Wednesday, September 22

Republicans Drive ‘Tsunami’ of Tough Anti-Protester Laws After BLM Demonstrations | Black Lives Matter Movement


After a year in which the Black Lives Matter rallies saw Americans begin to reorient and rethink racial inequality in the nation, a pushback from predominantly Republican legislators is looming, with 29 states in the US moving to introduce Draconian anti-protest laws.

Florida is the most recent state to introduce legislation that critics say would crack down on protests, infringe on free speech rights, and potentially disproportionately target people of color, while other states have pursued billing projects. anti-protest law that could even prevent convicts from receiving public benefits.

Republicans in the Florida House of Representatives the controversy passed Protection against violence, disorder and looting law and law enforcement at the end of March. The law would increase penalties for participating in broadly defined “violent” protests (the vast majority of Black Lives Matter protests have been peaceful) and would make defacing monuments a crime if the damage exceeds $ 200.

That account is likely to happen the Florida Senate, and the Governor will sign it into law, in the coming weeks, with Republican politicians in many other states pursuing similar legislation.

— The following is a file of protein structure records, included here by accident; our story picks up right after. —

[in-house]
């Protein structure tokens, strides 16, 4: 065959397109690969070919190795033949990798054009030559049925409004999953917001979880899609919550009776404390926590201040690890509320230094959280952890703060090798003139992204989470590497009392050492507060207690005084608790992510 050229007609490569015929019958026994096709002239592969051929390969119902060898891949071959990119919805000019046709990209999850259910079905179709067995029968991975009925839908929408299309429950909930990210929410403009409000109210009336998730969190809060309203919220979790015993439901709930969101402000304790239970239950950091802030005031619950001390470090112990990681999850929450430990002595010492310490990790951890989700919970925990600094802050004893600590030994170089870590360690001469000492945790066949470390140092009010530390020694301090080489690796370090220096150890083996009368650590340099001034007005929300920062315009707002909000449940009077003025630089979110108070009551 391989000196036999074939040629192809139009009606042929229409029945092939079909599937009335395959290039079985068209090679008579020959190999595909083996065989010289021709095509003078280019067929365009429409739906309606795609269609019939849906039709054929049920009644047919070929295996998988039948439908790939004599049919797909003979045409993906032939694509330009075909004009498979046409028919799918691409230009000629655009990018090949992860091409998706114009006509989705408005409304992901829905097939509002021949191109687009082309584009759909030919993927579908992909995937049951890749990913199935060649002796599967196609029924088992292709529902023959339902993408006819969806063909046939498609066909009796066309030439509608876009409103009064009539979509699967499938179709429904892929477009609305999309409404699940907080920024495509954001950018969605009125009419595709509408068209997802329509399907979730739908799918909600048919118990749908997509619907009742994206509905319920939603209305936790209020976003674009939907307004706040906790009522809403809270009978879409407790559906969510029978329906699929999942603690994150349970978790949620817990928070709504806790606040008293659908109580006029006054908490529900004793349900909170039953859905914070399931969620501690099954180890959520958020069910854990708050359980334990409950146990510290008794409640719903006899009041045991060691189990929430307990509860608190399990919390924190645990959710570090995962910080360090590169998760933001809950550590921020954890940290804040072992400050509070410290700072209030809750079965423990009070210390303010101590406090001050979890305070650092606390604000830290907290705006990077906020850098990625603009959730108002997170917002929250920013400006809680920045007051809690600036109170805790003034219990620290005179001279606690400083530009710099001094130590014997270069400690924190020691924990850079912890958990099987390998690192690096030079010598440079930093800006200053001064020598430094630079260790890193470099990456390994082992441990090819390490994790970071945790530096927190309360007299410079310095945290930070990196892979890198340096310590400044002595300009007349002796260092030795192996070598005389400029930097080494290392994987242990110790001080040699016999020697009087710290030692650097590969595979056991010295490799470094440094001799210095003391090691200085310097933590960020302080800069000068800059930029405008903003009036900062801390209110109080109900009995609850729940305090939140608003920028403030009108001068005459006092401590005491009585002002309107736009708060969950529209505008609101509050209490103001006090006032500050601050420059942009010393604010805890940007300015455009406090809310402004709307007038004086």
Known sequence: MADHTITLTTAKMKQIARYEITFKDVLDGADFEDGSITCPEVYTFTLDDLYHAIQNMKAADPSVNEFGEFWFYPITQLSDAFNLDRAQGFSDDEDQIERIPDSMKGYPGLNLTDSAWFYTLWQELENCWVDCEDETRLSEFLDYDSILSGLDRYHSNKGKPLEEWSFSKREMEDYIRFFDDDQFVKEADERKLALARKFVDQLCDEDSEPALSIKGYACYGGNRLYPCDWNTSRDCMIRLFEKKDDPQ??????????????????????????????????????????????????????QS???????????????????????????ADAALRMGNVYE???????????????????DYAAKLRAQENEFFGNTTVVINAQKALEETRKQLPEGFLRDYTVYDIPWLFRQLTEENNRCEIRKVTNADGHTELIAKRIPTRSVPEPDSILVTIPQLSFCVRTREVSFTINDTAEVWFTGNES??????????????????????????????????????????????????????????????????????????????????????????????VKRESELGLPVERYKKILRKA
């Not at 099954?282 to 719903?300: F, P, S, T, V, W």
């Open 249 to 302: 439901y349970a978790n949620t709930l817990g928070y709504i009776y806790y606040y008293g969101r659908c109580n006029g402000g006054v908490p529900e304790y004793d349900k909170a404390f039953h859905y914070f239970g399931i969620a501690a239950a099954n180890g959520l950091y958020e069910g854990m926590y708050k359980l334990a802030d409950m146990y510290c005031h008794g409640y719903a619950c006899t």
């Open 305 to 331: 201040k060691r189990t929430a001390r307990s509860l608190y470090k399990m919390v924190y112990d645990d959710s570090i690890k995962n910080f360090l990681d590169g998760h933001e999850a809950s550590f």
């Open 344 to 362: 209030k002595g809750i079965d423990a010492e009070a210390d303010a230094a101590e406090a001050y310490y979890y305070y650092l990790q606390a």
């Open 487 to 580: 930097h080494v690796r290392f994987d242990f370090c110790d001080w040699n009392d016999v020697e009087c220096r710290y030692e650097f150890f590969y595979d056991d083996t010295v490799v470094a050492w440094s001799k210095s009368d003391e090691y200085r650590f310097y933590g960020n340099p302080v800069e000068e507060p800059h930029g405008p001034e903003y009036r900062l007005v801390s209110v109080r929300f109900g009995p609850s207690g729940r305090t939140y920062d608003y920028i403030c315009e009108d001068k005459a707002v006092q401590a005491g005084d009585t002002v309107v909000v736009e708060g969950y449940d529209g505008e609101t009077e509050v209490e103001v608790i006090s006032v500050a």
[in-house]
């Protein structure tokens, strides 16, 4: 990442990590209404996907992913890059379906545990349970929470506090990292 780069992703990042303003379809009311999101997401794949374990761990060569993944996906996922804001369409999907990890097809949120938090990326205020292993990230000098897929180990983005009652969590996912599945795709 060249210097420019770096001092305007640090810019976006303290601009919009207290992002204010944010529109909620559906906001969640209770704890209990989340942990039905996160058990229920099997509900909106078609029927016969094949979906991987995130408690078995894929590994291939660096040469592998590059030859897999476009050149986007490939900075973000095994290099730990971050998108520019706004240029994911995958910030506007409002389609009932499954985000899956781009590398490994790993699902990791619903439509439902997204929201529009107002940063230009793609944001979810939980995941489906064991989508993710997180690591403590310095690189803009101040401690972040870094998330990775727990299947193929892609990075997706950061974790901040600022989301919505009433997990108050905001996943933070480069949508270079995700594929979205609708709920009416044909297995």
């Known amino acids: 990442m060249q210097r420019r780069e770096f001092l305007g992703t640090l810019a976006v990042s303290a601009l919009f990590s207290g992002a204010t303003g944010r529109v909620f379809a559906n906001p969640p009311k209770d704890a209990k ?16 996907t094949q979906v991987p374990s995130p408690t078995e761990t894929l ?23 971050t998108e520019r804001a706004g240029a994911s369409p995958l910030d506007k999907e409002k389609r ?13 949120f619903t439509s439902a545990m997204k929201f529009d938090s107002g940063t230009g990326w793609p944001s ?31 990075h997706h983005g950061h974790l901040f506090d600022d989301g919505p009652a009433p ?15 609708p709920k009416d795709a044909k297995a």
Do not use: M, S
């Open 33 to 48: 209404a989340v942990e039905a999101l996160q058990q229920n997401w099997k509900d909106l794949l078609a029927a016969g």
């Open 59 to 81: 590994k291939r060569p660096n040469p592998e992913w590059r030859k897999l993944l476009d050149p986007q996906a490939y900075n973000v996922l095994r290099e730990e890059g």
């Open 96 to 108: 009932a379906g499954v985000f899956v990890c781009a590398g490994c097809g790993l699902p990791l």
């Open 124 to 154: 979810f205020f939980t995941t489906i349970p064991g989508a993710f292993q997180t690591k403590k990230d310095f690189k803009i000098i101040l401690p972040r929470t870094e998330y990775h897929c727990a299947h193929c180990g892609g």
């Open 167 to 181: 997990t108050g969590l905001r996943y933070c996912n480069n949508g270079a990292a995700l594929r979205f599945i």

In January, Mike DeWine, the governor of Ohio, signed a new law that would increase penalties for protests near “critical infrastructure,” while a bill similar to Florida’s legislation was approved by the state senate in Kentucky last month.

In oklahomaLawyers are working on legislation that would introduce prohibitive sanctions for protesters who block traffic, participate in broadly defined “illegal assemblies” and introduce new restrictions on protests taking place near the state capital.

There are 71 pending laws at the state and federal level that would impede the right of Americans to protest, according to the International Center for Non-Profit Law, in 29 states.

Vera Eidelman, staff attorney for the ACLU Speech, Privacy and Technology ProjectHe said there have been “waves” of anti-protest bills introduced at the state level since late 2016, but not on this scale.

Protesters demonstrate against George Floyd's death in Minneapolis police custody in Oklahoma City in May 2020.
Protesters Demonstrate Against George Floyd’s Death in Minneapolis Police Custody in Oklahoma City
in May 2020.
Photograph: Nick Oxford / Reuters

“This year it is advancing at the rate of a tsunami,” Eidelman said. “They are no longer just waves. It is different both in terms of numbers and in terms of the breadth of the bills. “

In 2017, amid a wave of anti-Trump activism, more than 30 anti-protest bills were introduced, prompting the UN Office of the High Commissioner for Human Rights to complain to the US Department of State. USA, while legislation was also introduced. in response to demonstrations against the Dakota Access Pipeline.

In 2021, it is the widespread Black Lives Matter protests of the previous summer that appear to have sparked the backlash against the protests.

“It’s disappointing, but not very surprising, because we had a really powerful and expressive summer of protest,” Eidelman said.

“And as we’ve seen consistently over the last five years, lawmakers have chosen to respond to the protests that are spreading, people speaking out, trying to silence those people, rather than trying to engage with their messages.”